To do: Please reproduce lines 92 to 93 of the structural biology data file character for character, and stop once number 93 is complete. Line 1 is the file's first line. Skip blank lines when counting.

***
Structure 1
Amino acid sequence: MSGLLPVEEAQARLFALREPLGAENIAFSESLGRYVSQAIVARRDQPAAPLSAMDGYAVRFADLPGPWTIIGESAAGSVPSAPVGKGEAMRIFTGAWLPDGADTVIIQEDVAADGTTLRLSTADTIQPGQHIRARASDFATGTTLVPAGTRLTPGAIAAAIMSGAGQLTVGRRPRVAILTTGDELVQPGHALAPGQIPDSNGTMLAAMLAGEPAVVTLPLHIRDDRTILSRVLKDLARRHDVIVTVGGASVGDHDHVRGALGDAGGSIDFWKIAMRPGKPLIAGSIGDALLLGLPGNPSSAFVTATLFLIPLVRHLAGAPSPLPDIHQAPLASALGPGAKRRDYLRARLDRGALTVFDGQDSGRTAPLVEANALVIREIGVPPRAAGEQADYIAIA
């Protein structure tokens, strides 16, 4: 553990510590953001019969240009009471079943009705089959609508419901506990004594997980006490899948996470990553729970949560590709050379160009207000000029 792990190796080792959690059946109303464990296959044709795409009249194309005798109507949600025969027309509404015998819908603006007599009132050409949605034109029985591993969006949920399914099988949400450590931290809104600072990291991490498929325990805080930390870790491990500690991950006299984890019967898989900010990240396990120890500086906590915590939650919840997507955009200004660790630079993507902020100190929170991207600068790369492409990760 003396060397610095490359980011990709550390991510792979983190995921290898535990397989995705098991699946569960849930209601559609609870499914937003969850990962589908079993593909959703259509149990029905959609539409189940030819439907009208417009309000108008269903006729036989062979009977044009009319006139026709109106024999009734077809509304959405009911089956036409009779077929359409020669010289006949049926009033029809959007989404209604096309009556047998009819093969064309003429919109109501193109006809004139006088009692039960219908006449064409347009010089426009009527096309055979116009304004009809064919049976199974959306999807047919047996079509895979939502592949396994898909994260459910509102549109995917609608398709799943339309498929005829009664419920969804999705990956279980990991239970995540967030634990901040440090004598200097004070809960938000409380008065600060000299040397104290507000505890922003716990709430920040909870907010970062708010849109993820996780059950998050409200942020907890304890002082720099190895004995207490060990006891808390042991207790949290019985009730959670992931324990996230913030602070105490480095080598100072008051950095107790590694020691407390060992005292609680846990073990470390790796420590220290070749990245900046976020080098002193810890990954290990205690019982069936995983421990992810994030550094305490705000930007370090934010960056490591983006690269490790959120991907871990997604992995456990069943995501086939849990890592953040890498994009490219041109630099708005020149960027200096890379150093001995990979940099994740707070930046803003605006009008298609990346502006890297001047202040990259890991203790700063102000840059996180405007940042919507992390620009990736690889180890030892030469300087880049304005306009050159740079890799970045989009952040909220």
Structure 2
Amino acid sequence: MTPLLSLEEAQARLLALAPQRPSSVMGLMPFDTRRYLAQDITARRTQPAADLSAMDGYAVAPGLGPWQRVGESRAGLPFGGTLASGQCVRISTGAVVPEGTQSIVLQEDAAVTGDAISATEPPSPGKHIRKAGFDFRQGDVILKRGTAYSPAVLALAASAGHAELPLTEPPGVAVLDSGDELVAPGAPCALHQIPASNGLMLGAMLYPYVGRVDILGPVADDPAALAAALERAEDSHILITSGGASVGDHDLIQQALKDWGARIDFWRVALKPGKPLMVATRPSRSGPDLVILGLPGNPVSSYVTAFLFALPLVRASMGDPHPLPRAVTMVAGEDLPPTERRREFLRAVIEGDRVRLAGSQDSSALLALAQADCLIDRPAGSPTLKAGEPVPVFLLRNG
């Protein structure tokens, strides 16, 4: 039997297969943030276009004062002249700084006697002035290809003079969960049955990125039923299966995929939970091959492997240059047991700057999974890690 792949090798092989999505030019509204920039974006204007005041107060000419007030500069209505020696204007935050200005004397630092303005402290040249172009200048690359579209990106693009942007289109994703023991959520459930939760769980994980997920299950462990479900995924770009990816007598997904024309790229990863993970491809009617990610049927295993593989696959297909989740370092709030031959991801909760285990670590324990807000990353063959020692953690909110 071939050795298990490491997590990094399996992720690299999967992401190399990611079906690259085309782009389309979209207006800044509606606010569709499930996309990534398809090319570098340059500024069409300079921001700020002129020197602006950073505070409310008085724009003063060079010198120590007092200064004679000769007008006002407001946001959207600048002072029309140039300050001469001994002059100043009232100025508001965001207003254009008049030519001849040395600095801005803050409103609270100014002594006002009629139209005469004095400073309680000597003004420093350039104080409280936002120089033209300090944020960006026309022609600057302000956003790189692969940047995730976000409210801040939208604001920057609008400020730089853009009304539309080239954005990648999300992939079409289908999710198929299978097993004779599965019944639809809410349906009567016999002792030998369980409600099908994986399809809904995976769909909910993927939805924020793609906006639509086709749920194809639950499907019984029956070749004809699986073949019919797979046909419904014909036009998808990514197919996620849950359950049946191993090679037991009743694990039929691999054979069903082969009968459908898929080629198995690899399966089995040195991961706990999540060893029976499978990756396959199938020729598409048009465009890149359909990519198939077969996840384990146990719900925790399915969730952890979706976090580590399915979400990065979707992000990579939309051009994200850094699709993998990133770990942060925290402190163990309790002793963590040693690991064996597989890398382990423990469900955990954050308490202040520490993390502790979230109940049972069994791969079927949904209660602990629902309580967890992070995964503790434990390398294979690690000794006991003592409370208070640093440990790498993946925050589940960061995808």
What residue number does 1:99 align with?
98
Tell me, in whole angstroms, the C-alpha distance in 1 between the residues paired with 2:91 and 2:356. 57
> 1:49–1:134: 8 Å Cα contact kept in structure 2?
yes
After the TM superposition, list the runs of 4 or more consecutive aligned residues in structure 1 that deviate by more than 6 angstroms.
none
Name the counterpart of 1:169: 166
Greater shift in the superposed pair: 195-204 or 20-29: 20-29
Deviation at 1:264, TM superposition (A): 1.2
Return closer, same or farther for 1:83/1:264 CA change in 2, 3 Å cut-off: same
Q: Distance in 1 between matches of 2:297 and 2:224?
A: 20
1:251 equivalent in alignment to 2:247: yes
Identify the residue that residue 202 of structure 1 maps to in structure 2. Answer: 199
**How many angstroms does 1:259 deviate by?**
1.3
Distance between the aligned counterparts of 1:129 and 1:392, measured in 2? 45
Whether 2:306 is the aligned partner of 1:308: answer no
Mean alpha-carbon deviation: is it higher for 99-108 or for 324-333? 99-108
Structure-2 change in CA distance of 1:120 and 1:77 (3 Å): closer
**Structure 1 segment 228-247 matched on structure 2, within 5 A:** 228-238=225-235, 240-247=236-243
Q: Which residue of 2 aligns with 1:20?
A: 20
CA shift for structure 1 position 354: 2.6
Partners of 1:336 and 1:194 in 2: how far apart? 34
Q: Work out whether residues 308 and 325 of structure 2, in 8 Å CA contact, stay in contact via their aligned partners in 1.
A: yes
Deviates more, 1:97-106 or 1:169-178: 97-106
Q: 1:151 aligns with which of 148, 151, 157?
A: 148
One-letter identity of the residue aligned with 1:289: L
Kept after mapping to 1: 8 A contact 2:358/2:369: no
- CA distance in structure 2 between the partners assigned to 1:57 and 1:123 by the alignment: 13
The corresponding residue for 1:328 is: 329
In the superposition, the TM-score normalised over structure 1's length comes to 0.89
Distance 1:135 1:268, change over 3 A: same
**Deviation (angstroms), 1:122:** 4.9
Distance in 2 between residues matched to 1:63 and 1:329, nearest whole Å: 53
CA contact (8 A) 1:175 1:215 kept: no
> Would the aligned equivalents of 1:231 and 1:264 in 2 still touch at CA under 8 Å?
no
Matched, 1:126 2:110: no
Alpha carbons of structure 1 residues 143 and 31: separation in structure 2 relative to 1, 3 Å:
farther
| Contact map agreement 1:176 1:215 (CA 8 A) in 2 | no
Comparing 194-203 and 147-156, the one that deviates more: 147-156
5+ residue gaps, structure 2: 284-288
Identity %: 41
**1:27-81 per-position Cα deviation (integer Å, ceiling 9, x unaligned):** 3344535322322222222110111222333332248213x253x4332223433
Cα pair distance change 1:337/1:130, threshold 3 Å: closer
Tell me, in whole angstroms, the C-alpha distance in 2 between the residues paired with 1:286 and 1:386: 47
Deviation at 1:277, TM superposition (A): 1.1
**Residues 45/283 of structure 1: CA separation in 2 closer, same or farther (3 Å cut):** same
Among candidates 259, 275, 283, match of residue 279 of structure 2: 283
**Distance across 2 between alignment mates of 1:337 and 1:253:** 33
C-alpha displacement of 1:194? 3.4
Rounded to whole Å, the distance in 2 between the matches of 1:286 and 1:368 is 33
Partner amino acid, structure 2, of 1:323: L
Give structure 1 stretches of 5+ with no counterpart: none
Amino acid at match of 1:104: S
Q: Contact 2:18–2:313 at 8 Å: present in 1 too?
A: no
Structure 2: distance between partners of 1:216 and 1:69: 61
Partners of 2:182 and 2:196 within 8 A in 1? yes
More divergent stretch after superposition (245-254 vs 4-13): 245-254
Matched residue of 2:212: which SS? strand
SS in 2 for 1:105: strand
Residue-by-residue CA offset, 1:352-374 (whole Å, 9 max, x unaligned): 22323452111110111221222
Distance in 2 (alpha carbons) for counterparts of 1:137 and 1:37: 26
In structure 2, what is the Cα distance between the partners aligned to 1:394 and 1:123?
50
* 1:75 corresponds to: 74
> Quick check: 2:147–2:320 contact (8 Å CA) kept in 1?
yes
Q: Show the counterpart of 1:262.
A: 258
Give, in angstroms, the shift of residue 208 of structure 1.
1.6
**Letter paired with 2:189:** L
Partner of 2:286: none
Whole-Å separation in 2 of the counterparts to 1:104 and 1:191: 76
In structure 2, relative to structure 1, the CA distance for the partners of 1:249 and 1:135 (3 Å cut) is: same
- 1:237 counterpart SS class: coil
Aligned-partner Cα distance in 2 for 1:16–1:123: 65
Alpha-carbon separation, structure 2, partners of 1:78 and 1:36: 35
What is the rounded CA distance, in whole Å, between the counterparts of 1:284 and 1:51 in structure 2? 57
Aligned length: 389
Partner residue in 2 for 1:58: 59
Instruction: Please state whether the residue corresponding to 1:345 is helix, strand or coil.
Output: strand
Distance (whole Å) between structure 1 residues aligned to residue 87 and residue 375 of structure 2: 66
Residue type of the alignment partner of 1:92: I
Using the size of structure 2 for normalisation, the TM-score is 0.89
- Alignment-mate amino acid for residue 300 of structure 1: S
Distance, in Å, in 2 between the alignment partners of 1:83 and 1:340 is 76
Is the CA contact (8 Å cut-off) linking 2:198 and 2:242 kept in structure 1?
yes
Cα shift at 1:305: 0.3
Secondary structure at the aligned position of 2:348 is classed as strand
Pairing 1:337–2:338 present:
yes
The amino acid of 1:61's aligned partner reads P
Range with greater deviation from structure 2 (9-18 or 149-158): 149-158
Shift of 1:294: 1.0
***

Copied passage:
Alpha-carbon separation, structure 2, partners of 1:78 and 1:36: 35
What is the rounded CA distance, in whole Å, between the counterparts of 1:284 and 1:51 in structure 2? 57